Make indoors optional for west coast and southwest universities, and start a winter outdoor NCAA sport in the southwest Jan to
I came across a blog post by Wichita State coach John Wise which I liked a great deal. I'm not sure if it's feasible (the awful programs and distance only programs wouldn't like it) but it's hard to argue with the following excerpt which I loved.
It 100% drives me nuts when a team will get destroyed in a traditional dual meet but when you read the recap you'd think they won it.
If you read any college websiteâ€™s recap of the track and field weekend, it will generally always be very positive on how well it went. This is because in college track there are multiple definitions of what a successful track meet is. You can win the meet as a team, you can win multiple events even though you lose as a team, you can set a whole bunch of personal records and get last place and still call it a great meet. It happens all the time.
Can you imagine a football team getting beat 56-0 but the headline is â€œFootball team excited about successful weekendâ€ and then there is no mention of the score, just highlights of the best plays. This happens quite often in our sport so the general public has got to be confused as to what it means to have a successful meet.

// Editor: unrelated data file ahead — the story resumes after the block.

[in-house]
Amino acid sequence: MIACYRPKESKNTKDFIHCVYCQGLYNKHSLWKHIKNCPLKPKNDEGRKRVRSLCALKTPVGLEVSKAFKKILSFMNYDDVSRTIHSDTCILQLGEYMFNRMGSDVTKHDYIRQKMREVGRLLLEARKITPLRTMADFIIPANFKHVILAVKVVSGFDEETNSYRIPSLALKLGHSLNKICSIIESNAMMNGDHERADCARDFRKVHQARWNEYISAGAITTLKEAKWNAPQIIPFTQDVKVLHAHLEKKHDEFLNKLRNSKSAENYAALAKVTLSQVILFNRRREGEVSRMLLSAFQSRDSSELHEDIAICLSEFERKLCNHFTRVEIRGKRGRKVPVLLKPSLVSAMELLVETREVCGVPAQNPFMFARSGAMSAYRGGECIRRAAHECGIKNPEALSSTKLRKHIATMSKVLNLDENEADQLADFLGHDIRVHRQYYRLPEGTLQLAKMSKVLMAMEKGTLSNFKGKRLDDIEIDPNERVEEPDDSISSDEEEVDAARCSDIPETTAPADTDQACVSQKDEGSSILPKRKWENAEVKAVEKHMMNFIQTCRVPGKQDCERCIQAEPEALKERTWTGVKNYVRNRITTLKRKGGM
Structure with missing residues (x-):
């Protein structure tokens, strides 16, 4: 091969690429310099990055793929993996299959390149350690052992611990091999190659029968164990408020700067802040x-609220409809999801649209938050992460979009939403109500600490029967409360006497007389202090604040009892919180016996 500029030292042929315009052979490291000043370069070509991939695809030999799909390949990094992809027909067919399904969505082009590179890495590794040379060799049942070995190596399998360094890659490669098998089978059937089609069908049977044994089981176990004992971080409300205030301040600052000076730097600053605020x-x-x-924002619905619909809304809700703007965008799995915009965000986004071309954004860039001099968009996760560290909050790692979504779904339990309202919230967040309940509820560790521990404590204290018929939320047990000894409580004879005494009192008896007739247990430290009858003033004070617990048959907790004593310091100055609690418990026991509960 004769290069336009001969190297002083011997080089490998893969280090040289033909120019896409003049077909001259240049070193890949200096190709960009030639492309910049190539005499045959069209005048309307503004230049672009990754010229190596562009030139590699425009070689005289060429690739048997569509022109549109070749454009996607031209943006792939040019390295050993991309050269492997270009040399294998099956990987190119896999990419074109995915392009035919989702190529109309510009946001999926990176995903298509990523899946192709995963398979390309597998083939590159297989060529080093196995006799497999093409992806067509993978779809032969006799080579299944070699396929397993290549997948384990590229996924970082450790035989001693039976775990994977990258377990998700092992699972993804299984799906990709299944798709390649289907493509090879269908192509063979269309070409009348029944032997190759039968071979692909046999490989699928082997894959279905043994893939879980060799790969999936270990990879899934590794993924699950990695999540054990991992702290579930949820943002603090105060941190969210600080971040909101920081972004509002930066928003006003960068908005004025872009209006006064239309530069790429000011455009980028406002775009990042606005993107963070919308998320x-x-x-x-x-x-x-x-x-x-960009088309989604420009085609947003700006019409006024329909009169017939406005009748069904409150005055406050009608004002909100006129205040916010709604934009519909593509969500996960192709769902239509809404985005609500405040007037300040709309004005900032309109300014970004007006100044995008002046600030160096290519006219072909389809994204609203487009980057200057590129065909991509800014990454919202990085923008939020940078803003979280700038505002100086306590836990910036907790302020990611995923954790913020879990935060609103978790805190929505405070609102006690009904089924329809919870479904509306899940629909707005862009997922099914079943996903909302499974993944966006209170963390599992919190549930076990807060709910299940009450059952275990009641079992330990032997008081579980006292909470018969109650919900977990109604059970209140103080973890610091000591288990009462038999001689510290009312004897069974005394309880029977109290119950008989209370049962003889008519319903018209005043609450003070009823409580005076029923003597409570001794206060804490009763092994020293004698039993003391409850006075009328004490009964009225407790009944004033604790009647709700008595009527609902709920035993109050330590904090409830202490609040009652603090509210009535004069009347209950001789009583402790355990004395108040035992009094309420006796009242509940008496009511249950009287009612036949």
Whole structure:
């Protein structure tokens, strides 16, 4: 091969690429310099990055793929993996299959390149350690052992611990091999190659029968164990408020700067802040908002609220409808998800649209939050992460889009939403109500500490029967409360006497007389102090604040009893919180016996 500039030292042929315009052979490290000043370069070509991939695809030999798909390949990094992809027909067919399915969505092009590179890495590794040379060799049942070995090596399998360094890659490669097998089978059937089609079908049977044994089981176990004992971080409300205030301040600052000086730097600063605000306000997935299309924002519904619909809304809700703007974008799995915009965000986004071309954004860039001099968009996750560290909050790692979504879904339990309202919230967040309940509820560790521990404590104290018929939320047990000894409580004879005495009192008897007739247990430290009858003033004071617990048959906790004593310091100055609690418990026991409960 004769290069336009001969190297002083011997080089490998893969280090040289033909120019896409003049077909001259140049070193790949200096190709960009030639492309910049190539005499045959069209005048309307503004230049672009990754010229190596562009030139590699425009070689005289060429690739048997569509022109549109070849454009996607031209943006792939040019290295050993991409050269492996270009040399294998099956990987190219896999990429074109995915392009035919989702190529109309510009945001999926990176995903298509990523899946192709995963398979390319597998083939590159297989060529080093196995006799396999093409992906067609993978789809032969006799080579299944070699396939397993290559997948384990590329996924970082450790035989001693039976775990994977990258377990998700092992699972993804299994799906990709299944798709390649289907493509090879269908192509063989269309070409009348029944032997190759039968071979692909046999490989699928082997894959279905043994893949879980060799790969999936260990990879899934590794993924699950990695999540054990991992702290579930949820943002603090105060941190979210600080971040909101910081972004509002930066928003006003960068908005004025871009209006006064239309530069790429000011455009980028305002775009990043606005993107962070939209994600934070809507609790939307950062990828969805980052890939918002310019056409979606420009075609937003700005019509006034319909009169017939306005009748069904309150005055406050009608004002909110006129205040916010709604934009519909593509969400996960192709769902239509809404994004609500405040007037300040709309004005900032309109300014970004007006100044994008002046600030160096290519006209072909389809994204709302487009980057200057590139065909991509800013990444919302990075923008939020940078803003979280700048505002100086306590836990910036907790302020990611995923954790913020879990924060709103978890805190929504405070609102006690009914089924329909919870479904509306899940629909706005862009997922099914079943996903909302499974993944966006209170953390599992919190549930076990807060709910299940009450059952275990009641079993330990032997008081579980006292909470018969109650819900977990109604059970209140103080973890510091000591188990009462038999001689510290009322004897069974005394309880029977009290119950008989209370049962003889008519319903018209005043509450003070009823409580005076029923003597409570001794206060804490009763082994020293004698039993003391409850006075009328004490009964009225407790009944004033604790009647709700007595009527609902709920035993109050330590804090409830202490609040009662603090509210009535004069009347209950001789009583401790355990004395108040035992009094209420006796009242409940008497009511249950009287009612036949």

Think about a basketball player scoring a career high 30 points when his team just lost by 20 points. In the post-game press conference would you ever hear the player sounding overly enthusiastic and happy about his own performance when his team was thoroughly defeated? If he did he would not make his teammates or coaches very happy.
Opponents to this would say track and field is an individual sport and that is the most important part. While I donâ€™t disagree with that statement I would counter with the fact that our current system is set up to be individualistic and it appears to be failing. So maybe we should try something different.
Wise goes on to propose a series of mandatory scored meets - where you must cover every event - and the results of the meet determine how many people you can enter as NCAAs.
--No competitions in December (except a pre-season Intrasquad Meet)
--Jan 9 â€“ Meet #1 â€“ Quad scored meet (or dual/tri)
--Jan 16 â€“ Meet #2 â€“ Quad scored meet (or dual/tri) â€“ NCAA scheduled meet (see below)
--Jan 23 â€“ Meet #3 â€“ Non-scored open meets only
--Jan 30 â€“ Meet #4 â€“ Quad scored meet (or dual/tri)
--Feb 6 â€“ Meet #5 â€“ Quad scored meet (or dual/tri) â€“ conference opponents only
--Feb 13 â€“ Meet #6 â€“ Non-scored open meets only
--Feb 20 â€“ Mandatory off weekend
--Feb 27 â€“ Conference Championships
--Mar 5 â€“ Mandatory off weekend
--Mar 12 â€“ NCAA Championships
What say you?[/quote]